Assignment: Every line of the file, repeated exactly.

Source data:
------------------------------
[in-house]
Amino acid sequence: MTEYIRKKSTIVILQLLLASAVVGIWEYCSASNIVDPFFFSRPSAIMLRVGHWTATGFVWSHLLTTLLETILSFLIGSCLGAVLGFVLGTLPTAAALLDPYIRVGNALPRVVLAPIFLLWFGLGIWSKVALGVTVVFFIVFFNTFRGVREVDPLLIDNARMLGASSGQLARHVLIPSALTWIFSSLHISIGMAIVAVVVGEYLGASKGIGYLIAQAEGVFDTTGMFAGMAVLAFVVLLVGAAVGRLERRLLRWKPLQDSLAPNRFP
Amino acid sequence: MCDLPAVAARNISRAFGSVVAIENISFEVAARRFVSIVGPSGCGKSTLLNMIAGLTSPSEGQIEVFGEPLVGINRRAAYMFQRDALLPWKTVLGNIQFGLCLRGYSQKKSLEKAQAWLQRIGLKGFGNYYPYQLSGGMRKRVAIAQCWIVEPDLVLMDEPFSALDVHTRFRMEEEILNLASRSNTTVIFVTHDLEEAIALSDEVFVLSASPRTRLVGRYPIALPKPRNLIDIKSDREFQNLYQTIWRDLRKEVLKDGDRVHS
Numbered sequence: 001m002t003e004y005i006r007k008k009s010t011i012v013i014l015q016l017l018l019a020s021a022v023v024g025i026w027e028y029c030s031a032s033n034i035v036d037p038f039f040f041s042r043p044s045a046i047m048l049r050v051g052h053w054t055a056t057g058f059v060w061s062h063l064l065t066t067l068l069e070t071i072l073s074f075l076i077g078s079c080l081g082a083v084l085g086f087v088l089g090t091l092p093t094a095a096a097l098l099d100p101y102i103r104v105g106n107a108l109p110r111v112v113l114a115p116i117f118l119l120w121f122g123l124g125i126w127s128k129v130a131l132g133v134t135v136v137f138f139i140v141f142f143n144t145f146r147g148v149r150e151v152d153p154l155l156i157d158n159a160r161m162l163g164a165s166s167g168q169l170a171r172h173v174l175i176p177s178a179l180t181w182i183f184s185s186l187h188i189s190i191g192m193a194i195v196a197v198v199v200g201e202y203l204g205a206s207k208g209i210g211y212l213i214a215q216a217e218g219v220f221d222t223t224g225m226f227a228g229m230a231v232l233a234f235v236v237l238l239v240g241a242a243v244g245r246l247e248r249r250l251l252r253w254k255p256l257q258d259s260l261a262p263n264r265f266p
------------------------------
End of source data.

[in-house]
Amino acid sequence: MTEYIRKKSTIVILQLLLASAVVGIWEYCSASNIVDPFFFSRPSAIMLRVGHWTATGFVWSHLLTTLLETILSFLIGSCLGAVLGFVLGTLPTAAALLDPYIRVGNALPRVVLAPIFLLWFGLGIWSKVALGVTVVFFIVFFNTFRGVREVDPLLIDNARMLGASSGQLARHVLIPSALTWIFSSLHISIGMAIVAVVVGEYLGASKGIGYLIAQAEGVFDTTGMFAGMAVLAFVVLLVGAAVGRLERRLLRWKPLQDSLAPNRFP
Amino acid sequence: MCDLPAVAARNISRAFGSVVAIENISFEVAARRFVSIVGPSGCGKSTLLNMIAGLTSPSEGQIEVFGEPLVGINRRAAYMFQRDALLPWKTVLGNIQFGLCLRGYSQKKSLEKAQAWLQRIGLKGFGNYYPYQLSGGMRKRVAIAQCWIVEPDLVLMDEPFSALDVHTRFRMEEEILNLASRSNTTVIFVTHDLEEAIALSDEVFVLSASPRTRLVGRYPIALPKPRNLIDIKSDREFQNLYQTIWRDLRKEVLKDGDRVHS
Numbered sequence: 001m002t003e004y005i006r007k008k009s010t011i012v013i014l015q016l017l018l019a020s021a022v023v024g025i026w027e028y029c030s031a032s033n034i035v036d037p038f039f040f041s042r043p044s045a046i047m048l049r050v051g052h053w054t055a056t057g058f059v060w061s062h063l064l065t066t067l068l069e070t071i072l073s074f075l076i077g078s079c080l081g082a083v084l085g086f087v088l089g090t091l092p093t094a095a096a097l098l099d100p101y102i103r104v105g106n107a108l109p110r111v112v113l114a115p116i117f118l119l120w121f122g123l124g125i126w127s128k129v130a131l132g133v134t135v136v137f138f139i140v141f142f143n144t145f146r147g148v149r150e151v152d153p154l155l156i157d158n159a160r161m162l163g164a165s166s167g168q169l170a171r172h173v174l175i176p177s178a179l180t181w182i183f184s185s186l187h188i189s190i191g192m193a194i195v196a197v198v199v200g201e202y203l204g205a206s207k208g209i210g211y212l213i214a215q216a217e218g219v220f221d222t223t224g225m226f227a228g229m230a231v232l233a234f235v236v237l238l239v240g241a242a243v244g245r246l247e248r249r250l251l252r253w254k255p256l257q258d259s260l261a262p263n264r265f266p